Opinion | They Wrecked Britain, and They’re Not Going Anywhere

LONDON — As Britain prepares for the coronation of its new king, an end-of-days feeling is sweeping the nation. In an atmosphere of social unrest, economic dysfunction and government corruption, deep political disillusionment has set in. The Conservative Party is polling 15 points behind the opposition, and the popularity of Prime Minister Rishi Sunak, the Conservatives’ fifth leader in seven years, remains obstinately low. After years of Tory misrule, the opinion of the British public seems clear: We’ve had enough.

And with good reason. For over a decade, the Conservatives have ransacked the country they claim to love, unmooring it from its foundations and enriching their chums. While the wealth of the very richest rocketed, the party’s program of austerity, begun by David Cameron in 2010 and continued by each Conservative prime minister since, starved public services, created one of the most miserly welfare states in the developed world and contributed to the longest period of wage stagnation — for many, wage regression — since the Napoleonic Wars. Life expectancy is down, child poverty is up, and there are few signs of a reprieve on the horizon. Life under the Tories has become poorer, nastier, more brutish and shorter.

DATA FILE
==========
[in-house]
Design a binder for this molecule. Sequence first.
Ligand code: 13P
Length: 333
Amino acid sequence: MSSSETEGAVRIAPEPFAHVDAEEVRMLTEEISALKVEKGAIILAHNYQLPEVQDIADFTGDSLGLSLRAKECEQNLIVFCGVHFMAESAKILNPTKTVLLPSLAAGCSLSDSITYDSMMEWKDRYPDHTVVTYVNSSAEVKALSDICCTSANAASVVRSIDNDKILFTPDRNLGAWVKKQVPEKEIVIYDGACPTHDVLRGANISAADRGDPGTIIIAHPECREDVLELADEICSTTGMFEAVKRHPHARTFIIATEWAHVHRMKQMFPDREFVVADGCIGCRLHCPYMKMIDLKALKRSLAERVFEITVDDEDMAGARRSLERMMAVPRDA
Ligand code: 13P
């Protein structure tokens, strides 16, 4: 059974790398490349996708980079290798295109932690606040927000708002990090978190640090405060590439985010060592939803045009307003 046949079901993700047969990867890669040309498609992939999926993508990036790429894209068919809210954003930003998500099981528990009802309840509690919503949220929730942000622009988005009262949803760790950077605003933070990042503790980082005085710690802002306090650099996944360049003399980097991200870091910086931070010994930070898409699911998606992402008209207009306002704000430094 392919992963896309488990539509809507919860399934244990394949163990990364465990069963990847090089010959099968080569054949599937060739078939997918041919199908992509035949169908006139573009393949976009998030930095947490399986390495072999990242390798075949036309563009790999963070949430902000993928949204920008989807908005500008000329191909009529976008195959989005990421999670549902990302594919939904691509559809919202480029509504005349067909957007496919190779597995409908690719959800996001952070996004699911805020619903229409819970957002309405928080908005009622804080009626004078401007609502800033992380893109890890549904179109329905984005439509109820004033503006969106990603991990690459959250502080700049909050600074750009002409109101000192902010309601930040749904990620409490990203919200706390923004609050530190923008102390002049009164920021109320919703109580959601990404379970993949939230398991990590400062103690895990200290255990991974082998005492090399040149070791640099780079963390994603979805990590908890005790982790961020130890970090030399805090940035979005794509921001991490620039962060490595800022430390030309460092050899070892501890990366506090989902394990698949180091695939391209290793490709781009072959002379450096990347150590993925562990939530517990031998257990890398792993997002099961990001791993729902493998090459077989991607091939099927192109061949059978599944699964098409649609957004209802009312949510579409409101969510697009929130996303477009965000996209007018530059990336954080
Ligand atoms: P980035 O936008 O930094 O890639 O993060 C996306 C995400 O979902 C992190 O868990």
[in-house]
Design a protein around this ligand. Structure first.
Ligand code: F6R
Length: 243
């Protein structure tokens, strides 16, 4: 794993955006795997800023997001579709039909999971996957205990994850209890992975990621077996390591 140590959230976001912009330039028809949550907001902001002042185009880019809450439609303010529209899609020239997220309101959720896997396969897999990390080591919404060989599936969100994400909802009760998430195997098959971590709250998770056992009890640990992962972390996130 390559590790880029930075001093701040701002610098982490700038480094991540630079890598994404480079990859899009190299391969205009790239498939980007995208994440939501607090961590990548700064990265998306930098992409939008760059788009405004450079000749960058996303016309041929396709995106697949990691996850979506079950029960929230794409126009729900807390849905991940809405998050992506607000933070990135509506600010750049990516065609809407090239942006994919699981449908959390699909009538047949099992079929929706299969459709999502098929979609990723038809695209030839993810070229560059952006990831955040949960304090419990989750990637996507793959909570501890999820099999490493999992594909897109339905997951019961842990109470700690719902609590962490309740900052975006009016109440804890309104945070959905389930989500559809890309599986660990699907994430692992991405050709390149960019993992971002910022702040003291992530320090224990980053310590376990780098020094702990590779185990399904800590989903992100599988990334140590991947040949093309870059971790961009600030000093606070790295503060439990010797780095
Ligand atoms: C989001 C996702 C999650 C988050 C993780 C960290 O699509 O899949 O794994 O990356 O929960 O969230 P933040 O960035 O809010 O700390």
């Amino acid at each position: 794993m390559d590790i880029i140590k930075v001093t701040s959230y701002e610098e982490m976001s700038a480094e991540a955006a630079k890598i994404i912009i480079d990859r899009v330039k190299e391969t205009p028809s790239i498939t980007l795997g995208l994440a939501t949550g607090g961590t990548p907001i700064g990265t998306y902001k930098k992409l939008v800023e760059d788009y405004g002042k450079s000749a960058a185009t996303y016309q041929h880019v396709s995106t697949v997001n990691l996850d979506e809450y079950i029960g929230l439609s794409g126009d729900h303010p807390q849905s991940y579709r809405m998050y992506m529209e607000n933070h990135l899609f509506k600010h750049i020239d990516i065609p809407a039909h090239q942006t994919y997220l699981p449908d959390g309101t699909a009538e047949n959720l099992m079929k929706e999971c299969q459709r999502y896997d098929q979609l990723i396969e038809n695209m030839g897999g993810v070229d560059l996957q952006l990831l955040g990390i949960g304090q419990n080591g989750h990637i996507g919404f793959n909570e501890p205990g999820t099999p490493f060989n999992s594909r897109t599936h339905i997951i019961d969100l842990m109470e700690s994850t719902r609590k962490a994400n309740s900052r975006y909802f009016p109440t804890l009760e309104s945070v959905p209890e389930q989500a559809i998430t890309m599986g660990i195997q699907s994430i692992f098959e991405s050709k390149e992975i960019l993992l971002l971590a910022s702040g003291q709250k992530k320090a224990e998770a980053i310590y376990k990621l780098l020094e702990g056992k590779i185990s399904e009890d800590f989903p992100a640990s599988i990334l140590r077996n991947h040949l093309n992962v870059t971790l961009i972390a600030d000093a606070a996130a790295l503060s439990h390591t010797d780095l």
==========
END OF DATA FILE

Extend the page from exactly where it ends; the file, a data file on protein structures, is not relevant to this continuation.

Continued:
The travesty of the Tories’ legacy has led some to wonder whether the next election, to be held by January 2025, will prove terminal. But these obituaries are premature. The party’s ancient history — which stretches back beyond their baptism as the Conservatives in the 1830s and into the 17th century — tells us that, whether in government or in opposition, the Conservatives will continue to find ways to adapt and preserve power. No matter what happens in the next election, the historic vessel of Britain’s ruling class is not going anywhere.

By many accounts, the Conservative Party is not just the oldest but also the most successful political party in the world. Since 1884, when workers made up a majority of the electorate for the first time, the Conservatives have defied their own doubts about democracy to remain in government for two-thirds of the time. They have won eight of the past 11 elections. Their main opposition, the Labour Party, by contrast, spends most of the time as just that: the opposition. Next year, Tony Blair will be the only Labour leader to have won an election in half a century.

During this historic dominance, the Conservatives have created a nation in their image, ensuring a degree of Tory rule even when out of government. Antique poles of ruling-class power — the monarchy, the unelected House of Lords, public schools and Oxbridge — continue to dominate the political landscape. In the absence of a codified constitution or an elected second chamber, checks on the ruling party’s power are minimal. The first-past-the-post voting system remains distinctly undemocratic: Governments need claim only the support of about a quarter of the electorate to attain total executive control. The Tories are usually at the helm.